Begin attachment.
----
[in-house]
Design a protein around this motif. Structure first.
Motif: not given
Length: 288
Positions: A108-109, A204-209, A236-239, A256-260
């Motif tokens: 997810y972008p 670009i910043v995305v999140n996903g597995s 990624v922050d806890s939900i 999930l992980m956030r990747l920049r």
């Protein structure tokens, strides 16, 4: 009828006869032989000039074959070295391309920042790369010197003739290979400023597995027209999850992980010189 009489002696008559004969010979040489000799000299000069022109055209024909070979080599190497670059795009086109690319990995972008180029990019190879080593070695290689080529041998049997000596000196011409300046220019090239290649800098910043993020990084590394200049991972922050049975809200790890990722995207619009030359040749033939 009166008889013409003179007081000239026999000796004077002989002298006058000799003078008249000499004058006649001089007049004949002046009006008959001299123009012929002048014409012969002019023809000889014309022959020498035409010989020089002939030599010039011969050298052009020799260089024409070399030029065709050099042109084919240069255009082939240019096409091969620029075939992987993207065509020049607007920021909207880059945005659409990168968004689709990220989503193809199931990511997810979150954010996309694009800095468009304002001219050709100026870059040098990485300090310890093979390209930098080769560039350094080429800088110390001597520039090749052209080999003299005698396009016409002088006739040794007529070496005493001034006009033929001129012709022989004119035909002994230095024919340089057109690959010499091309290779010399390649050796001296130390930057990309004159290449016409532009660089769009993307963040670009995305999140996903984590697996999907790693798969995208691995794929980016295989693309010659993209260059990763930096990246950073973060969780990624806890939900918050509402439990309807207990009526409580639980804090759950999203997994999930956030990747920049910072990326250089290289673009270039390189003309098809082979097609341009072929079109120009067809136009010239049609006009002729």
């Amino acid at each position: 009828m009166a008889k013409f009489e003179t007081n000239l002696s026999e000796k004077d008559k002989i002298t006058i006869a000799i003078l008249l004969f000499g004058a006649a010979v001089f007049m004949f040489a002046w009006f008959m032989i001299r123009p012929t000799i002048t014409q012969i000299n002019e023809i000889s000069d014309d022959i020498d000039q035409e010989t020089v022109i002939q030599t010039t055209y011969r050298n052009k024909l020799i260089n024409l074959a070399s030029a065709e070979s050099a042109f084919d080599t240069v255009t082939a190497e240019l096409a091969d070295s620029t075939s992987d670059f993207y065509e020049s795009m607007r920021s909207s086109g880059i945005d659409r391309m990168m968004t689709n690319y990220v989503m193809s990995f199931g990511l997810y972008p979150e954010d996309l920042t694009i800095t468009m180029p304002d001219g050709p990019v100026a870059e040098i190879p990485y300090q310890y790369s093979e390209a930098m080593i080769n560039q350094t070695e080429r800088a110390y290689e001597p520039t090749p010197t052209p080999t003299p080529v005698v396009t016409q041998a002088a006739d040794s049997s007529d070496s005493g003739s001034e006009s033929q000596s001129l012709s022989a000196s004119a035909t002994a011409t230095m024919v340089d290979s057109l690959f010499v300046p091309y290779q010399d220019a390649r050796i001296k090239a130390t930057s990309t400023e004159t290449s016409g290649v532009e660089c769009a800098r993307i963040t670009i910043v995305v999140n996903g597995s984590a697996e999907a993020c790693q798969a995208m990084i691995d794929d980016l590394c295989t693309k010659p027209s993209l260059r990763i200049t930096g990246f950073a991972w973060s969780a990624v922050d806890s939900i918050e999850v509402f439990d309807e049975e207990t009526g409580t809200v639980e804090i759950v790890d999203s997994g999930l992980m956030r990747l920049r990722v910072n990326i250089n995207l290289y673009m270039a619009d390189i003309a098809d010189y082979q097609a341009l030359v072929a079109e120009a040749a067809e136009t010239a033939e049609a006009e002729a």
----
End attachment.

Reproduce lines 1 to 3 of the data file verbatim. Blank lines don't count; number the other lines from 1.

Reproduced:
[in-house]
Design a protein around this motif. Structure first.
Motif: not given